That's a big concern across the border in Afghanistan, where some worry that flawed elections in Pakistan on February 18 might exacerbate a security situation already on razor's edge.
Publicly, the Taliban in Pakistan has announced a preelection cease-fire with the military. Yet a roadside bombing on February 13 killed two people and injured many more in the restive Swat district in northwest Pakistan. In the last week alone, at least 24 people have been killed in attacks.
But will the parliamentary elections make security better or worse?
Larry Robinson, a former U.S. diplomat in Islamabad, is a Washington-based South Asia analyst. He tells RFE/RL's Radio Free Afghanistan a democratically elected Pakistani government could deal a major blow to the insurgency plaguing both Islamabad and neighboring Afghanistan.
"Over time, only that kind of [elected] government is going to have the broadly accepted credibility to tackle these very serious [security] problems that Pakistan and Afghanistan face," Robinson says. "But I think in the near term, the only serious impact, one way or the other, from the elections would be if the election is viewed as not having been credible and there is a widespread unrest and turmoil in Pakistan that will have a debilitating affect."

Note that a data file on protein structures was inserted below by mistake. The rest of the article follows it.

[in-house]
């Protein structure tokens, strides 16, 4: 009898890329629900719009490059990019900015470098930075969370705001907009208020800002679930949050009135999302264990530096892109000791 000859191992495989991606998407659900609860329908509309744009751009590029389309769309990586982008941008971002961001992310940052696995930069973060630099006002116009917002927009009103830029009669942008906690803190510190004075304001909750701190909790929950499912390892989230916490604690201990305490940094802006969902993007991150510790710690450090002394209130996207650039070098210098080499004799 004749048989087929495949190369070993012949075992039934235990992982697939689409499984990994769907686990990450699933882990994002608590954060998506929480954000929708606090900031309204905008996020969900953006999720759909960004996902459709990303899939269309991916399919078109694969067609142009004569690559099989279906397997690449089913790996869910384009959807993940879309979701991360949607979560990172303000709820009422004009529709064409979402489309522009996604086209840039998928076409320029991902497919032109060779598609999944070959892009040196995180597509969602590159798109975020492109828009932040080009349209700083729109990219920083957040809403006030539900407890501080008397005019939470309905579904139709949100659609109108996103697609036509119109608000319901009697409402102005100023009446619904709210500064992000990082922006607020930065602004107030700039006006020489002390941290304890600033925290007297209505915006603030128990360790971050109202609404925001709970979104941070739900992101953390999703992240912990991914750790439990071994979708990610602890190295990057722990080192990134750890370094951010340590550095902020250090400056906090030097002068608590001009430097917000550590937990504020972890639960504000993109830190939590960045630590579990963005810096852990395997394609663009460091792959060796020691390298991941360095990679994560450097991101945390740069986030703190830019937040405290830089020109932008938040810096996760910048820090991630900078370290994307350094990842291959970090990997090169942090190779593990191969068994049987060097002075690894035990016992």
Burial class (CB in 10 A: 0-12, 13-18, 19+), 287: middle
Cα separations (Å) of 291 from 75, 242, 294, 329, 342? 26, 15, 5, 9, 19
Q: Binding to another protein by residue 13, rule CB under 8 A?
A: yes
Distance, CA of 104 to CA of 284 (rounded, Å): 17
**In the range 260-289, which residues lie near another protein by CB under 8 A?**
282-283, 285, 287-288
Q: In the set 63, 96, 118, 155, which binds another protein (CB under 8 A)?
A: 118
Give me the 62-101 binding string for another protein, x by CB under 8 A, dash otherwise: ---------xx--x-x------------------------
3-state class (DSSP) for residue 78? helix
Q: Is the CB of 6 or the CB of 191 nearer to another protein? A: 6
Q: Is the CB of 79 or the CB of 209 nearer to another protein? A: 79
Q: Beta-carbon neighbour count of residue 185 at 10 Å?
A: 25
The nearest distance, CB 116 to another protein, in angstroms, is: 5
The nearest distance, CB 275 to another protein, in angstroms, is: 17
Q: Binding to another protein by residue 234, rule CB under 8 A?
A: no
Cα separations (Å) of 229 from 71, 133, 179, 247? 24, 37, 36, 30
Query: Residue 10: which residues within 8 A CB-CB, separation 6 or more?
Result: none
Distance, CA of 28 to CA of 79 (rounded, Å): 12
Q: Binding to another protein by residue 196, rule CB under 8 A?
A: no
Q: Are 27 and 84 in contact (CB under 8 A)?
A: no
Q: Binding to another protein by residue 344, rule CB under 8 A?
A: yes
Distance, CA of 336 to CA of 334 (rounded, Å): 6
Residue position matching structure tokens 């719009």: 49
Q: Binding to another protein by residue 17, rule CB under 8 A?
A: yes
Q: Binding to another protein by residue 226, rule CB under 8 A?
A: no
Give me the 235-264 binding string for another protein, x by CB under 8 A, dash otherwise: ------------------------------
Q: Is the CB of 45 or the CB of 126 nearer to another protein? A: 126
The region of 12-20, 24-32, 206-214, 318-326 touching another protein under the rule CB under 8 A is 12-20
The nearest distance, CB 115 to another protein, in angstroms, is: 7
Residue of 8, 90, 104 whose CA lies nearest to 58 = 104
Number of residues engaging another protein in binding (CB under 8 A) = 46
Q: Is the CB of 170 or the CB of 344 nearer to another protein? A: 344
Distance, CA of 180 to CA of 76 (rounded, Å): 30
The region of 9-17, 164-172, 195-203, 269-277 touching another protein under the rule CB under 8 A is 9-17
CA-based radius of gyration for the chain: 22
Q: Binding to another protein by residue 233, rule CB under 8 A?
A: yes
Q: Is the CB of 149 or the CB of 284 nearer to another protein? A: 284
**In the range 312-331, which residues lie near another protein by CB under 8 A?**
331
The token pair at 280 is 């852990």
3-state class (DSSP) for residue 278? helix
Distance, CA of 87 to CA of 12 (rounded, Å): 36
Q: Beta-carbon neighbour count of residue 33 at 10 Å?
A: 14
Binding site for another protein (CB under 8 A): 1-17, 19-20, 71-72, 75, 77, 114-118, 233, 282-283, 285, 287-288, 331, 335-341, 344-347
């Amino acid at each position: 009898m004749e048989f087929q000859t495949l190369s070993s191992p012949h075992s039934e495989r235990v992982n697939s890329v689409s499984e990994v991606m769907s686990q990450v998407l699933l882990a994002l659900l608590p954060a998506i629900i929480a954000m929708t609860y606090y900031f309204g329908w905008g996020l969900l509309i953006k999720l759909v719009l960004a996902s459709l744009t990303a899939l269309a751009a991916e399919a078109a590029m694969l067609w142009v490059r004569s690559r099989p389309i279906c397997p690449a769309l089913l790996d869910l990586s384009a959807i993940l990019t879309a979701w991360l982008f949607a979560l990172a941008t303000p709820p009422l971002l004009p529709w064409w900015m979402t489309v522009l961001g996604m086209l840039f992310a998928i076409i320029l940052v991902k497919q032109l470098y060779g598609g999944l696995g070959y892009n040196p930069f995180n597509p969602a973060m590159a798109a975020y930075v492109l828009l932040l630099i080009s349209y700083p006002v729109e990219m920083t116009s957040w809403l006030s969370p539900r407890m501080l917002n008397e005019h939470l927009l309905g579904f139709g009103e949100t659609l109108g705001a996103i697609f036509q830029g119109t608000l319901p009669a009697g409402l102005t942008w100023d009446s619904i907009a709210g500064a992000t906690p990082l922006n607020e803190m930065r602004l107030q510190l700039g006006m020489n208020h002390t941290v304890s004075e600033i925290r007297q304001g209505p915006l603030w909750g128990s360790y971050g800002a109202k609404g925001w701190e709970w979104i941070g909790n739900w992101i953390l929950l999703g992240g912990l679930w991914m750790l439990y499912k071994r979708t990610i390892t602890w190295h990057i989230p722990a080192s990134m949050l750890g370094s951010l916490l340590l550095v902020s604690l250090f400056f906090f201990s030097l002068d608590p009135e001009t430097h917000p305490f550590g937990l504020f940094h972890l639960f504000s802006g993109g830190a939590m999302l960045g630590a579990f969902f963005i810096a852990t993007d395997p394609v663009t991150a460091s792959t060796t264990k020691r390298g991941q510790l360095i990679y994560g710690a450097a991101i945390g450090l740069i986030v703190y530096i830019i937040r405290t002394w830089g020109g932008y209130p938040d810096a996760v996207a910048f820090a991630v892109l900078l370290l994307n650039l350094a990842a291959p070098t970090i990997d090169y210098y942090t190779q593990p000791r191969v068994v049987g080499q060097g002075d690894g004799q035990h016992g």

Fallout From Unfair Elections Feared
Analysts argue that Islamist militants in the short term will be the only victors should the election process prove to have been flawed. Pakistani President Pervez Musharraf denies there will be irregularities in the process, but international observers say that the polls are unlikely to be free or fair.
If that's the case, Pakistan could descend into further chaos, analysts say. And instability in Pakistan would have negative repercussions for Kabul -- not only for Afghan security but for its economy, too.
The southern Pakistani seaport of Karachi is a major conduit for landlocked Afghanistan's exports and imports. While inflation and a record winter cold have already pushed many impoverished Afghans to the edge, instability in Pakistan would herald a new wave of inflation in food prices as Kabul imports essential commodities from its neighbor.
But Afghans are focused on the political fallout of the elections.
Ahmed Saidi, an Afghan analyst, says that violence and intimidation have overshadowed the Pakistani election process and that low voter turnout is expected to result in a split mandate for the various parties. That, in turn, might spell more instability in Pakistan and the region.
"After the Pakistani elections, I do not believe that any single political party will be able to form a government," he tells Radio Free Afghanistan. "These elections will not be free and fair and will in turn attract a lot of criticism [from all sides]."
But some observers are not so pessimistic. For example, they point to polls that suggest that the country's Islamist parties are expected to suffer heavy losses in the polls. That could help the government quell a Taliban insurgency long supported by Islamist parties such as Jamiat-e Ulema-e Islam (JUI).